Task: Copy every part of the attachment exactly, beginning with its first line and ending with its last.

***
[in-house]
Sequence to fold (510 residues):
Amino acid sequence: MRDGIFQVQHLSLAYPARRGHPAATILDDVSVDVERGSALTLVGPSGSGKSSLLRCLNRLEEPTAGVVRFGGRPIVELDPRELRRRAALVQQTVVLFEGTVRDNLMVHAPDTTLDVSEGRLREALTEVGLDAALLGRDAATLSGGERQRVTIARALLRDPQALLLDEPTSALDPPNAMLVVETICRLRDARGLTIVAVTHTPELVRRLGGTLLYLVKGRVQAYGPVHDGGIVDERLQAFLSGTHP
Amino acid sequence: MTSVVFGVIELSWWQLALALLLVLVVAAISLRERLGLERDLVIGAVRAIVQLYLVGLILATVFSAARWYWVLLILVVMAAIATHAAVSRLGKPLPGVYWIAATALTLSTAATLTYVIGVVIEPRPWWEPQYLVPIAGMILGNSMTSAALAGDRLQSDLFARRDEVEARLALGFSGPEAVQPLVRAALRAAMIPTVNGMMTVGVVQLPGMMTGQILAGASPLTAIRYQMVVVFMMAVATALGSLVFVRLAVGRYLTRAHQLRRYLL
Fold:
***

[in-house]
Sequence to fold (510 residues):
Amino acid sequence: MRDGIFQVQHLSLAYPARRGHPAATILDDVSVDVERGSALTLVGPSGSGKSSLLRCLNRLEEPTAGVVRFGGRPIVELDPRELRRRAALVQQTVVLFEGTVRDNLMVHAPDTTLDVSEGRLREALTEVGLDAALLGRDAATLSGGERQRVTIARALLRDPQALLLDEPTSALDPPNAMLVVETICRLRDARGLTIVAVTHTPELVRRLGGTLLYLVKGRVQAYGPVHDGGIVDERLQAFLSGTHP
Amino acid sequence: MTSVVFGVIELSWWQLALALLLVLVVAAISLRERLGLERDLVIGAVRAIVQLYLVGLILATVFSAARWYWVLLILVVMAAIATHAAVSRLGKPLPGVYWIAATALTLSTAATLTYVIGVVIEPRPWWEPQYLVPIAGMILGNSMTSAALAGDRLQSDLFARRDEVEARLALGFSGPEAVQPLVRAALRAAMIPTVNGMMTVGVVQLPGMMTGQILAGASPLTAIRYQMVVVFMMAVATALGSLVFVRLAVGRYLTRAHQLRRYLL
Fold: